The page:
On March 4, 2016 from 2:00 to 5:00 the National Advisory Committee on Safety and Health will meeting in Room N–5437A, Conference Rooms A–B, U.S. Department of Labor, 200 Constitution Avenue NW., Washington, DC 20210. to consider and make recommendations on OSHA’s draft Safety and Health Program Management Guidelines. The draft guidelines may be found at https://osha.gov/shpmguidelines/SHPM_guidelines.pdf Specifics are provided in the Federal Register at https://www.gpo.gov/fdsys/pkg/FR-2016-02-17/pdf/2016-03295.pdf
Workers’ Compensation Related Items
The Draft guidelines point to experience in Ohio as evidence of the value of implementing guidelines similar to those proposed by OSHA, including specific reference to a study of small employers in Ohio which found that workers’ compensation claims fell dramatically after working with the SHARP program to adopt programs similar to those described in the new OSHA draft guidelines.
The Safety & Health Achievement Recognition Program (SHARP) recognizes small business employers who have used OSHA’s On-site Consultation Program services and operate an exemplary injury and illness prevention program. For more information see https://www.osha.gov/dcsp/smallbusiness/sharp.html .
OSHA draft guidelines include tracking amounts paid to workers’ compensation claims as a lagging indicator of progress toward safety and health goals.
Action item 1: Monitor performance and progress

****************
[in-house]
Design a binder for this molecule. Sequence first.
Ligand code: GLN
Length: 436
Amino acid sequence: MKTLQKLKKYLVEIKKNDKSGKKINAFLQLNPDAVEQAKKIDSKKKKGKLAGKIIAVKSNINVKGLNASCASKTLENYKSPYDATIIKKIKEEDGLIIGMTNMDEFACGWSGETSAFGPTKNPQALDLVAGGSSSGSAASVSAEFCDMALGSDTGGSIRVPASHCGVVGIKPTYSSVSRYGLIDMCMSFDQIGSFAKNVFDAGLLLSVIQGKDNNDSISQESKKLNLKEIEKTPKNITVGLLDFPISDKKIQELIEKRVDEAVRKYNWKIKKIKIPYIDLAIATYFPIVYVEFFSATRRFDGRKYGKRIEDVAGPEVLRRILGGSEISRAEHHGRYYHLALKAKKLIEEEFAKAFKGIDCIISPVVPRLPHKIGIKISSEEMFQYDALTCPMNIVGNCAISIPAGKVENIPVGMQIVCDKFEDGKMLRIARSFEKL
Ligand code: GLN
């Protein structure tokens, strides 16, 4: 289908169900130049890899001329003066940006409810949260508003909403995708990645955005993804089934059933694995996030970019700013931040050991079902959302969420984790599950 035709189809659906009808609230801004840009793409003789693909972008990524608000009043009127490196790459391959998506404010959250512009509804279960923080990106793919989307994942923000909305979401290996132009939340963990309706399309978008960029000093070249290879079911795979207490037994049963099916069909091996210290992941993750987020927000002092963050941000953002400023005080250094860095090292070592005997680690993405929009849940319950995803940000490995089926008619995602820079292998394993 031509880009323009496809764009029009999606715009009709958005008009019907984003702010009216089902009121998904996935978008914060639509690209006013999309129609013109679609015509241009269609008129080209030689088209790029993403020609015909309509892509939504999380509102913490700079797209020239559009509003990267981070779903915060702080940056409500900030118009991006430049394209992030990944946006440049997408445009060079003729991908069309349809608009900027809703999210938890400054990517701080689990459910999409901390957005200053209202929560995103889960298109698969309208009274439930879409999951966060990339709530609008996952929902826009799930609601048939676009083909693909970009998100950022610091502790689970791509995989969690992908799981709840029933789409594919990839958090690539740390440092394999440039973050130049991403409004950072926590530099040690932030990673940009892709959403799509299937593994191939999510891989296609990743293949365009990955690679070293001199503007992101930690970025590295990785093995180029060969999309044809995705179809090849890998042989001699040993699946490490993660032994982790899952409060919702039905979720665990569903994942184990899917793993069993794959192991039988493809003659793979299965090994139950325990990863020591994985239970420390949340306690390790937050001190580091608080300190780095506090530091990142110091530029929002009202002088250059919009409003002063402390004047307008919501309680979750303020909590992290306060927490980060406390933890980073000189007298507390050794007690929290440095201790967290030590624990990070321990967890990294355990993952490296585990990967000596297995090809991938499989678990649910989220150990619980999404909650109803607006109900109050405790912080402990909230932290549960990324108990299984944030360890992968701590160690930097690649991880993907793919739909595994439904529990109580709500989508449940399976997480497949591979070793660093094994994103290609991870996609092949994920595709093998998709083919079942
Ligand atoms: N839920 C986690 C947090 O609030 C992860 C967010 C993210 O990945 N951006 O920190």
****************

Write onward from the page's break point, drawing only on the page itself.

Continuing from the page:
Define appropriate metrics and indicators to measure performance. Establish and follow procedures to collect, analyze, and review performance data. Progress or performance indicators should include both leading and lagging indicators.
Lagging indicators generally track worker exposures and injuries that have already occurred. Leading indicators reflect the potential for injuries and illnesses that have not yet occurred.
How to accomplish it
- Develop and track measures or indicators of progress toward established safety and health goals.
Track lagging indicators, such as:
- Number and severity of injuries and illnesses.
- Results of worker exposure monitoring.
- Amount paid to workers’ compensation claims.
In addition, track leading indicators, such as:
- Level of worker participation in program activities.
- Number of hazards and close calls/near misses reported, as well as amount of
time taken to respond to reports.
- Number and frequency of management walkthroughs.
- Number of hazards identified during inspections.
- Number of workers who have completed required safety and health training.
- Number of days needed to take corrective action after a workplace hazard is identified or an incident occurs.
- Conformance to planned preventive maintenance schedules.
- Worker opinions about program effectiveness.
- Keep track of monitoring activities and results and analyze trends over time.
- Share results with all workers and provide ways for all workers to suggest how to further improve performance.
Comments, requests to speak, speaker presentations, requests for special accommodations and requests to attend the meeting by teleconference must be submitted to NACOSH by Wednesday, February 24, 2016.